Montreal taxi drivers 'occupy' downtown in UberX protest

The union representing Montreal's 4,000 taxi drivers called Wednesday's protest a "blockade," threatening to slow traffic along main streets while "occupying" other areas around downtown Montreal.

Drivers protest against ride-hailing service UberX 1 day before regulation hearings are set to begin

Taxis queue during Wednesday morning's protest in downtown Montreal. (Jay Turnbull / CBC)

Montreal taxi drivers took their protest against the ride-hailing service UberX to the streets of downtown Montreal Wednesday in the first of numerous pressure tactics planned for this week.

The union representing Montreal's 4,000 taxi drivers called Wednesday's protest a "blockade" and threatened to slow traffic on Sherbrooke Street West and René-Lévesque Boulevard while "occupying" other areas around downtown Montreal.

Taxis proceeded to take up parking spots around downtown but in the end did little to impede the flow of traffic. 

Taxi drivers taking part in Wednesday's protest held signs promoting their claim that Uber gets around paying provincial sales tax and the GST. (Radio-Canada)
Hundreds of cabbies caused traffic headaches last week when they blocked roads and disrupted traffic at Montreal's Pierre Elliott Trudeau International Airport.

At one point during Wednesday's demonstration, taxi drivers tried to hail Uber drivers to lure them to their protest.

One Uber driver who showed up was pelted with snowballs and eggs, including one that hit him in the face.

Protesters challenge Quebec premier

Today's pressure tactic comes one day before National Assembly hearings on regulating UberX are set to begin.

Benoît Jugand, spokesman for the Regroupement des travailleurs autonomes Métallos (RTAM) — the group representing taxi drivers — said Wednesday morning that the protest has been sparked by Quebec Premier Philippe Couillard's inaction on UberX in advance of the hearings.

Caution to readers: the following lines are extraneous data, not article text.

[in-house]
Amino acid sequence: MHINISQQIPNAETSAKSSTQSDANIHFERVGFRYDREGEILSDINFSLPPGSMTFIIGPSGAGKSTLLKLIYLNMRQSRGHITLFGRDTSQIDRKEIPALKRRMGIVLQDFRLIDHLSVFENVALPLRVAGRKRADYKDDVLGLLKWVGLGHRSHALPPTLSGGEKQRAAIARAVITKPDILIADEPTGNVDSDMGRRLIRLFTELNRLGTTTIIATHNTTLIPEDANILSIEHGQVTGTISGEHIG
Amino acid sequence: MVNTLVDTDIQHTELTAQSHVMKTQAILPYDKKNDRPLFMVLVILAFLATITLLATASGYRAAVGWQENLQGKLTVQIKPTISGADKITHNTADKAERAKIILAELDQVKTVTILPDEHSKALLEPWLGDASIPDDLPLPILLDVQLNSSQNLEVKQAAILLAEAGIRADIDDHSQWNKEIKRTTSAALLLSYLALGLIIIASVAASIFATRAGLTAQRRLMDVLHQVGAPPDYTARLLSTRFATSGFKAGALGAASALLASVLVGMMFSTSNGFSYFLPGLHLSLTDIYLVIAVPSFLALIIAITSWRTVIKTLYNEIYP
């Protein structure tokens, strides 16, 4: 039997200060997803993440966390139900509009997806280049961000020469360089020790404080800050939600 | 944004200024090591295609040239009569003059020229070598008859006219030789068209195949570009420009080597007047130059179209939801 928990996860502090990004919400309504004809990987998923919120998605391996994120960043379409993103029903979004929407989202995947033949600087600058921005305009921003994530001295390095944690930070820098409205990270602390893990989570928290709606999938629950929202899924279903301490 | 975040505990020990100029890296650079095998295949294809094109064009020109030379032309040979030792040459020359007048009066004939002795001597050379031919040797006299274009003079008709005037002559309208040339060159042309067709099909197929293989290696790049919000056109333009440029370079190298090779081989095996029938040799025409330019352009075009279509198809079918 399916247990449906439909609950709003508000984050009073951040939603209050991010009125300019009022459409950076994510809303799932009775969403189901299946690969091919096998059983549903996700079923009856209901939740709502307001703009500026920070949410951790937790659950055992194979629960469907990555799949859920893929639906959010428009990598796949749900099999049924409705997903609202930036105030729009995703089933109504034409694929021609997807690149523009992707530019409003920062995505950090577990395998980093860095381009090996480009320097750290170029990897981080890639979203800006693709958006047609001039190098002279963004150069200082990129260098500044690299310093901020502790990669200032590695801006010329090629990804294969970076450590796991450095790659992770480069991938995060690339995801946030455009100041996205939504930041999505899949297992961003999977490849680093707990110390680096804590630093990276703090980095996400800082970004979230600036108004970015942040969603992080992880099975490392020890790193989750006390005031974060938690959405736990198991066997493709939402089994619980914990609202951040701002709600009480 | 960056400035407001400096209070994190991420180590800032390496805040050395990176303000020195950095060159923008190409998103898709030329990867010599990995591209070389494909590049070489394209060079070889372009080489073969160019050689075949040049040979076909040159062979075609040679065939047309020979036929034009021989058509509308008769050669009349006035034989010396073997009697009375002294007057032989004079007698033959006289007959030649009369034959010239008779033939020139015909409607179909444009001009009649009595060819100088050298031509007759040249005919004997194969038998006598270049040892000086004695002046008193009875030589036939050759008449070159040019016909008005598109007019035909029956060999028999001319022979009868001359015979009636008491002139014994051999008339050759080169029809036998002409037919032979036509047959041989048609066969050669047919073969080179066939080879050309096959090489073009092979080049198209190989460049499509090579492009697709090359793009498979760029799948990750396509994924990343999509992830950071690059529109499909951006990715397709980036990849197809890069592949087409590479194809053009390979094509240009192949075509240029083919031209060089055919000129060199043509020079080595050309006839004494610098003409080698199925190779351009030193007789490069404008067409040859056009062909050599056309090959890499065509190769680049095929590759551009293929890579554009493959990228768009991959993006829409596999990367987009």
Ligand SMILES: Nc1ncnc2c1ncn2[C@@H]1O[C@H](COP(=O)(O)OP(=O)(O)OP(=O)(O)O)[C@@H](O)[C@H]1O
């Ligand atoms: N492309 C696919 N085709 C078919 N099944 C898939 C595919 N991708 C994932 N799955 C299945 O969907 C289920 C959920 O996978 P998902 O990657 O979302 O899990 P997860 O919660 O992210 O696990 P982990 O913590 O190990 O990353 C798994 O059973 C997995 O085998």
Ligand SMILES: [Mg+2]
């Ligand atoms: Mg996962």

Benoît Jugand, spokesman for the Regroupement des travailleurs autonomes Métallos, said Wednesday morning that Montreal's taxi drivers will keep the pressure on until Premier Philippe Couillard takes action against UberX. (Radio-Canada)
"The Premier hasn't heard our appeals to request that Uber suspend its activities while the committee does its work," he said. "He's effectively telling us that 22,000 [taxi drivers and owners] in Quebec are second-class citizens, so for us there's no question of abandoning the struggle."

"We'll form a blockade, we'll maintain the blockade until the premier understands that we're serious."

The union said it won't stop until the ride hailing service ceases operations.

"It is unacceptable that a company does not respect our laws and has the audacity to publicly refuse the government's calls to respect them," Jugand said.

Uber denounces 'violence and intimidation'

For its part, Uber issued a statement condemning the "violence and intimidation tactics used today by members of the taxi industry."

In an email, spokesperson Jean-Christophe de Le Rue said the province "has put in place a commission to hear the views of stakeholders and we believe that the best path forward will be found through dialogue, not violence."

"While the taxi industry is once again protesting, Uber is serving Quebecers," he said. 

"Taxi and ridesharing can complement one another to better serve consumers' needs across the province."

Request for injunction, calls for suspension of Uber

Earlier this month, RTAM filed a request for a permanent injunction to ban Uber in Quebec. The request asks the court to declare Uber illegal, force the company to cease operations and disable its mobile app across Quebec.

Last week, Quebec Transport Minister Jacques Daoust and Montreal Mayor Denis Coderre called for the suspension of UberX while a government committee examines how taxis and the popular app-based ride service can co-exist in the province.

Taxi drivers said they plan to protest again on Saturday at the Montreal Casino.

Last week saw taxis protesting UberX jam the lanes leading to the arrivals level at Montreal's Pierre-Elliott-Trudeau airport. (Jay Turnbull / CBC)